View Frances'  farewell speech 

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On Thursday 28th March thirty people from the environmental community bid farewell to local environmental champion Frances Overmars, who is leaving the district for Anglesea.

Frances sendoff a3 smFrances has been a leading force in defending our local natural environment over many years. She has been the Environmental Co-ordinator for Pinkerton Landcare and Environment Group, leading the restoration of local remnant woodland Pinkerton Forest. Frances has also been instrumental in work to restore other local areas of natural vegetation including Mulla Mulla Grassland (Bush’s Paddock), Mt Cottrell, the Werribee River Volcanic Gorge and Cobbledicks Ford.

Frances has long been a vocal champion of local native grasslands, in a climate where such views have been opposed and where these native grassland remnants have been either not appreciated or even denigrated as ‘brown wedges’. In spite of trenchant opposition Frances has always expounded her views that such grasslands should be protected.

Representatives from local authorities and volunteer environmental groups including Pinkerton Landcare & Environment Group, Western Water, Melbourne Water, City of Melton Environment Dept, Birdlife Australia, Western Land Services, Australian Plant society (Melton-Bacchus Marsh) as well as people from the local environmental community.

As Pinkerton Landcare & Environment Group’s President Richard Rowe states:

“Frances Overmars started the Pinkerton Landcare and Environment Group in the 1990’s with the simple, clear vision to protect Pinkerton Forest, forever. The group restores Grey Box and Grassland habitat, works along the magnificent Werribee River, at Mt Cottrell and Bush’s Paddock and is involved in innovative environmental works, freely shares their knowledge and have a major positive impact on our local environment. Universities, City of Melton, Birds Australia, schools and the local community have been drawn into her wonderful, inclusive vision. Frances' environmental advocacy is second to none. Generous, knowledgeable, enthusiastic and fiercely committed to doing what's right by the natural world, she has built an enduring environmental legacy that we are all proud to be a part of. Western Water have always supported Frances and the group, thanks to William, Tim and Rod and the men at Surbiton Park and thanks to Tony and Linda from City of Melton. Frances is always cheerful, willing to give things a go and looking for the next big challenge.”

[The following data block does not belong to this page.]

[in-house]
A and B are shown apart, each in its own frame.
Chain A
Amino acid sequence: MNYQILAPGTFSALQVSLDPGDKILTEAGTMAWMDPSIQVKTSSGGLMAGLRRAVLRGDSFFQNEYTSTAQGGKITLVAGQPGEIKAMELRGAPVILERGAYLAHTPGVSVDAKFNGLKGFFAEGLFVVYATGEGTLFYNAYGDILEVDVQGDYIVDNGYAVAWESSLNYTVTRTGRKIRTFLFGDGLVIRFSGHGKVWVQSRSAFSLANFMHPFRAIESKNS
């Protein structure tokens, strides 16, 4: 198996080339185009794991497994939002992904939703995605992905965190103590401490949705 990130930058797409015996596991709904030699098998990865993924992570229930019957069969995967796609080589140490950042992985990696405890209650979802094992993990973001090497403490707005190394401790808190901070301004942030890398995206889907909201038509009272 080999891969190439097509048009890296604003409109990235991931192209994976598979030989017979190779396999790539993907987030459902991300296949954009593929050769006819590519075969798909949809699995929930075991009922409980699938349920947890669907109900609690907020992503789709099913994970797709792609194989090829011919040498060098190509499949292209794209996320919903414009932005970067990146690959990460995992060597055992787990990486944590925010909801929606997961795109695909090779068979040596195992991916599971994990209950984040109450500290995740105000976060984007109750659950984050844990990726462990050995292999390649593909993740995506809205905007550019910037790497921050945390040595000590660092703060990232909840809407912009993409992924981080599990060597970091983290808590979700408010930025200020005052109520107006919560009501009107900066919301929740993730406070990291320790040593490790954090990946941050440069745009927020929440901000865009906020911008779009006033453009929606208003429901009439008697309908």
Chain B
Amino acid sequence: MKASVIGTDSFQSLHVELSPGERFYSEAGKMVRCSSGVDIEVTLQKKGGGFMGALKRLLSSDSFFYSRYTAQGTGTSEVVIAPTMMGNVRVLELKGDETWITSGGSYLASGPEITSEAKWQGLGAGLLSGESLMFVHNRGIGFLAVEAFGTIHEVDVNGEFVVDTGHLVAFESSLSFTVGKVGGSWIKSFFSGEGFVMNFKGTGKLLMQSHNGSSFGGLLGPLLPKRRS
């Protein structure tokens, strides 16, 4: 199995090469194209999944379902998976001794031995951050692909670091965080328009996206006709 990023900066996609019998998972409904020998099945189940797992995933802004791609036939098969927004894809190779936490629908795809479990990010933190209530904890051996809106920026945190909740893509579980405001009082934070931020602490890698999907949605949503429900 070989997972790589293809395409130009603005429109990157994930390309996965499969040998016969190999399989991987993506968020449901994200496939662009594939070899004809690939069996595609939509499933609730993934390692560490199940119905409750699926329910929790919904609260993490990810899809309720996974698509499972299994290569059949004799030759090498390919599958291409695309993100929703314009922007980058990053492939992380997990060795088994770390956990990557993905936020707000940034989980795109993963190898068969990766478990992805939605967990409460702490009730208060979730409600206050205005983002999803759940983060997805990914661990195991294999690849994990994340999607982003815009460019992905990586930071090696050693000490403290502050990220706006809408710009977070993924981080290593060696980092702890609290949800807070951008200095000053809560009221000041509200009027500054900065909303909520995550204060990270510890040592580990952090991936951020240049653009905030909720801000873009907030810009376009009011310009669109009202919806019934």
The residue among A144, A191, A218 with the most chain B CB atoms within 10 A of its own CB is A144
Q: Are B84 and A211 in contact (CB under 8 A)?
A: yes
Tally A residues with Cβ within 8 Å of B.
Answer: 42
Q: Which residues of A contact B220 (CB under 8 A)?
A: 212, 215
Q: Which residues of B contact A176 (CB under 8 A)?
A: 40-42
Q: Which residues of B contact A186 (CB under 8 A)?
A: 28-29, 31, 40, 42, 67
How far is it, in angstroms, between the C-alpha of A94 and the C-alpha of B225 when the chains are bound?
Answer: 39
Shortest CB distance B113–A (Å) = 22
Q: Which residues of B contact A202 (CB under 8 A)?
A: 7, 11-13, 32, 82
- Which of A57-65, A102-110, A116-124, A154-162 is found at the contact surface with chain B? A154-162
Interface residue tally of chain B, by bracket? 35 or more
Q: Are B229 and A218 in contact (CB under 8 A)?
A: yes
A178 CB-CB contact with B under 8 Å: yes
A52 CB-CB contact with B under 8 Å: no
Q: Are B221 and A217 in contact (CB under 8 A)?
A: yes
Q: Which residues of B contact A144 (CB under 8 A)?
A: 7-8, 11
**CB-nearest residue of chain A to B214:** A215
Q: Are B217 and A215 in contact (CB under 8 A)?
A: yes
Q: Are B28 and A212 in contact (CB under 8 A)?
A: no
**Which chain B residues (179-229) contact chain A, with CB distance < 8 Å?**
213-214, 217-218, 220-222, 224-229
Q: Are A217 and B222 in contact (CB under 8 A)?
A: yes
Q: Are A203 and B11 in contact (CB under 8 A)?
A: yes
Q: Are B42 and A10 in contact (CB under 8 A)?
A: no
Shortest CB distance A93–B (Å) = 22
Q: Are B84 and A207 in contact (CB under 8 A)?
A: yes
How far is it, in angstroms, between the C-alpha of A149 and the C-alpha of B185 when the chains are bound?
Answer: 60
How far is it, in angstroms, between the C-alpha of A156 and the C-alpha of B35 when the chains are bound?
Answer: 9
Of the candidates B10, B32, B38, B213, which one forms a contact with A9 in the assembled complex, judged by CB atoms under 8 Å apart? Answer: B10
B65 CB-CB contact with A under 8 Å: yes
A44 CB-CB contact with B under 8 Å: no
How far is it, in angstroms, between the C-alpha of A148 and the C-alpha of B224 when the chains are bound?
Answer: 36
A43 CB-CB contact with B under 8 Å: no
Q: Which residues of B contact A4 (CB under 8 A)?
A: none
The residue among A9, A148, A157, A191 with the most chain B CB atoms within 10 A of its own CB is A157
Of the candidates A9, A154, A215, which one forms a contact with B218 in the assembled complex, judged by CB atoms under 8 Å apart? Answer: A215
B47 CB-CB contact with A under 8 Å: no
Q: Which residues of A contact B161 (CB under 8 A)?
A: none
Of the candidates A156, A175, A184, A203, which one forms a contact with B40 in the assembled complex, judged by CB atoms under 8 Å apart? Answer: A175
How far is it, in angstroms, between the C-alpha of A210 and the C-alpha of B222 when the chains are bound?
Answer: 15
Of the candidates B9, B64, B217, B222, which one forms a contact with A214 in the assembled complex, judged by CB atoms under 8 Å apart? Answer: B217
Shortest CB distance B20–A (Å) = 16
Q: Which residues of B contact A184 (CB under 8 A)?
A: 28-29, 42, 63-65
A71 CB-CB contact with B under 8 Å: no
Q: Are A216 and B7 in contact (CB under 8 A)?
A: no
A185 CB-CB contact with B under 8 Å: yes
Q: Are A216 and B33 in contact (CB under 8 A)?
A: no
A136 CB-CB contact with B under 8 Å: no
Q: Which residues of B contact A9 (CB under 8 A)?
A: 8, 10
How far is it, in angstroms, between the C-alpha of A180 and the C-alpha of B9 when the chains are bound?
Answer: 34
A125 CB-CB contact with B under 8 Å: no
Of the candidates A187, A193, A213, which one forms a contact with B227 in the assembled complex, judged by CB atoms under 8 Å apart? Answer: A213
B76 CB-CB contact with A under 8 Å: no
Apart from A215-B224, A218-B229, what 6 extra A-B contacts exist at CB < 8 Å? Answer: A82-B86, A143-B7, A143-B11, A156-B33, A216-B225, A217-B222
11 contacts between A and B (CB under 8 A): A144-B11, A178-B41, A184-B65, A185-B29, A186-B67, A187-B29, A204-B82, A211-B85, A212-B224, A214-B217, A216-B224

The send-off gathering enjoyed a beautiful autumnal day in the magnificent natural surroundings of Pinkerton Forest. The gathering toasted Frances’ long involvement on behalf of the local natural environment, and with the restoration on Pinkerton Forest in particular, with champagne. Catering was funded by Western Water. William Rajendram and Rod Curtis (Western Water) and Tony Herwerth (City of Melton) spoke of their long involvement with Frances over the years, concerning her role in environmental protection.

Western Water presented Frances with a plaque stating:

‘Western Water acknowledges the tireless service of Frances Overmars in the restoration of Pinkerton Forest and for protecting its heritage and natural features for posterity.’

A copy of this plaque will be placed at the entrance of Pinkerton Forest.

Pinkerton Landcare & Environment Group presented Frances with a plaque by Wathaurong Glass stating:

‘Presented to Frances Overmars by Pinkerton Landcare & Environment Group in recognition of her outstanding & passionate work protecting the natural environment in the Western Region’